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Nebraska Farm Bureau Acts to Improve Mobile Broadband, Seeks Assistance from Nebraskans | KTIC Radio

Nebraska Farm Bureau Acts to Improve Mobile Broadband, Seeks Assistance from Nebraskans

Nebraska Farm Bureau Acts to Improve Mobile Broadband, Seeks Assistance from Nebraskans

LINCOLN, NEB. – The Nebraska Farm Bureau (NEFB) is taking steps to deliver better mobile broadband service in rural Nebraska, and the organization will need help from Nebraskans to do it, said Nebraska Farm Bureau President Steve Nelson, June 28.

“Nebraskans should have access to high-speed internet service no matter where they live in our state. We know that is not the case. From emergency service to educational opportunities, from personal use to needs of rural businesses, including our farms and ranches, hi-speed internet is essential,” said Nelson. “With the FCC set to invest billions to improve mobile wireless service in rural areas it’s important rural Nebraska not be left behind.”

In March, the Federal Communication’s Commission (FCC) released a map identifying areas of the country without sufficient 4G Long Term Evolution (LTE) service. The map is important as it will help the FCC identify where to allocate $4.53 billion in federal dollars over the next 10 years to expand 4G LTE service.

“The current map indicates much of the state of Nebraska would not qualify for FCC assistance as service is available from one carrier or another. Yet we know there are issues across the state with dropped calls, as well as slow downloading and uploading of data,” said Nelson. “That’s why we’ve moved forward to challenge the coverage map for Nebraska.”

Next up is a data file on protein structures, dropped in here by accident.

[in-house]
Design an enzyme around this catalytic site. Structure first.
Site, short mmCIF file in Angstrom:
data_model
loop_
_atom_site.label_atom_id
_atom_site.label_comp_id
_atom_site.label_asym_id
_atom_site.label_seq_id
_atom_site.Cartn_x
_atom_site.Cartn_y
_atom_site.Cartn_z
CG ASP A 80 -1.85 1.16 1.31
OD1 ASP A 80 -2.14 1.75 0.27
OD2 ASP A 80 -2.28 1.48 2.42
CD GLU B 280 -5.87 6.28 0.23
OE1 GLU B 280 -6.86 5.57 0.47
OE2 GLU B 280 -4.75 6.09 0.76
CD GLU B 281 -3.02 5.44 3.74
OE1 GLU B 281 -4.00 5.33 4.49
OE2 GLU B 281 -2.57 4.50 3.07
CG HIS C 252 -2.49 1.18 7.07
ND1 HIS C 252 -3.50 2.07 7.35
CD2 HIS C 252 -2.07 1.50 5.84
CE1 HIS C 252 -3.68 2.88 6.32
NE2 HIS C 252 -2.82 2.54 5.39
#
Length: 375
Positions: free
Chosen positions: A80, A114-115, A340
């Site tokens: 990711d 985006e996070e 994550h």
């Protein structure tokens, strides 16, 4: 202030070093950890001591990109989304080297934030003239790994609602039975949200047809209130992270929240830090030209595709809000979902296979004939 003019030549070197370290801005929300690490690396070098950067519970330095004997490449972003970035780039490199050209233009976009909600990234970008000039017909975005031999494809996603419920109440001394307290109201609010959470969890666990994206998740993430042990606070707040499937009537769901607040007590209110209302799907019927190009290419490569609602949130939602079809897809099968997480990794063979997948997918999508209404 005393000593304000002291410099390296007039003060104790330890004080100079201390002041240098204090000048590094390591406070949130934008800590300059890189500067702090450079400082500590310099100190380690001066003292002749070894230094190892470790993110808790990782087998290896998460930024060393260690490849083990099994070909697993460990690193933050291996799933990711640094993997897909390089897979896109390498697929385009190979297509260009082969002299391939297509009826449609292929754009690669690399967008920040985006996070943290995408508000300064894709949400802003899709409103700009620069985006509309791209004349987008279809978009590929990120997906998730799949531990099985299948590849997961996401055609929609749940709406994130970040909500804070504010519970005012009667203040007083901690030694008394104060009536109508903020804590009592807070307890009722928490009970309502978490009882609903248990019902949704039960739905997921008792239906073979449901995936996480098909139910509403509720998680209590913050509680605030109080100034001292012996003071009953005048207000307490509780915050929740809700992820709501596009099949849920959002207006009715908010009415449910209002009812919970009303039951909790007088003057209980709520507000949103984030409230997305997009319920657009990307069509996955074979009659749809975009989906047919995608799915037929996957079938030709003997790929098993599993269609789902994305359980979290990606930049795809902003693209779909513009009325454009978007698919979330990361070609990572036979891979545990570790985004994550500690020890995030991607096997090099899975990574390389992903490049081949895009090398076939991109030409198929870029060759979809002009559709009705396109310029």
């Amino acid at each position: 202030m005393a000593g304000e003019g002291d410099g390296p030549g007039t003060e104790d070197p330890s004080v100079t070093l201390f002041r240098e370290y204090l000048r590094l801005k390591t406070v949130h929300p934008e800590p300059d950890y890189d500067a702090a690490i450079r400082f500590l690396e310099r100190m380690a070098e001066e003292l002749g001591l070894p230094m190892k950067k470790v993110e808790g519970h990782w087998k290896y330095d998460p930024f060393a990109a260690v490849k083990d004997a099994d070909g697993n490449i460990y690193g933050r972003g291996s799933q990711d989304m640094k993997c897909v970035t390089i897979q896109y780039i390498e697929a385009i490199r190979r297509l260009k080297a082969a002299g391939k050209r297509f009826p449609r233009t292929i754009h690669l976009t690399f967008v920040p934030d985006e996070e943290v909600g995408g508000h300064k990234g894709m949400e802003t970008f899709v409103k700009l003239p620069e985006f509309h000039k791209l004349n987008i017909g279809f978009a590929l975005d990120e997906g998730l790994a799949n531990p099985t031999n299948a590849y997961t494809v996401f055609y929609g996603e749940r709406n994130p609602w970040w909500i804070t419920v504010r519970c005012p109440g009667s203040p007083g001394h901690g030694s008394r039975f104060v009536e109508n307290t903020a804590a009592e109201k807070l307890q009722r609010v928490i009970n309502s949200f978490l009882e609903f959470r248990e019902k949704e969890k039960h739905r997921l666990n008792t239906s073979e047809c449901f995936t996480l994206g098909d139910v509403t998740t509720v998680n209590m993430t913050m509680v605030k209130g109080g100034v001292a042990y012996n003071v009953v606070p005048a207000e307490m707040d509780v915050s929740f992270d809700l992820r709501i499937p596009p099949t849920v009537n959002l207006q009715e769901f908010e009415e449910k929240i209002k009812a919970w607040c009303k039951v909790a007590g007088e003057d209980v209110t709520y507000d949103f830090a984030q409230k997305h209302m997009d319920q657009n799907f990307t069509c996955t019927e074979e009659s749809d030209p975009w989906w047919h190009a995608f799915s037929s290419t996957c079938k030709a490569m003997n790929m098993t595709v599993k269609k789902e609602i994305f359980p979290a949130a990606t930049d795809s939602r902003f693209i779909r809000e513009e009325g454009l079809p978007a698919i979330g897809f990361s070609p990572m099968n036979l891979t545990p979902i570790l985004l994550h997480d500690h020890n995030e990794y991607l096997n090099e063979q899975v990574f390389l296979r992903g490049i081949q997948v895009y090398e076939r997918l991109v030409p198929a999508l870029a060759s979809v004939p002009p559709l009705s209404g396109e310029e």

Nebraska Farm Bureau recently received a waiver from the FCC allowing them to challenge the legitimacy of the coverage map. The FCC map is based on coverage data provided to the FCC by mobile service providers. The FCC challenge process allows for the collection of wireless speed data from actual cell service users.

“We need Nebraskans from across the state to help by using their mobile devices to run speed tests,” said Nelson. “We will need to prove there are coverage issues. These speed tests are an integral part of improving the accuracy of the map and enhancing our chances of Nebraska qualifying for FCC grant dollars so all Nebraskans can have access to quality coverage.

Speed tests can be run by downloading the FCC Speed Test App in the Google Play store or the Apple App store. Results can be emailed to broadband@nefb.org. Nebraskans interested in running speed tests and helping improve broadband coverage are encouraged to visit www.nefb.org/nebroadband for more information.

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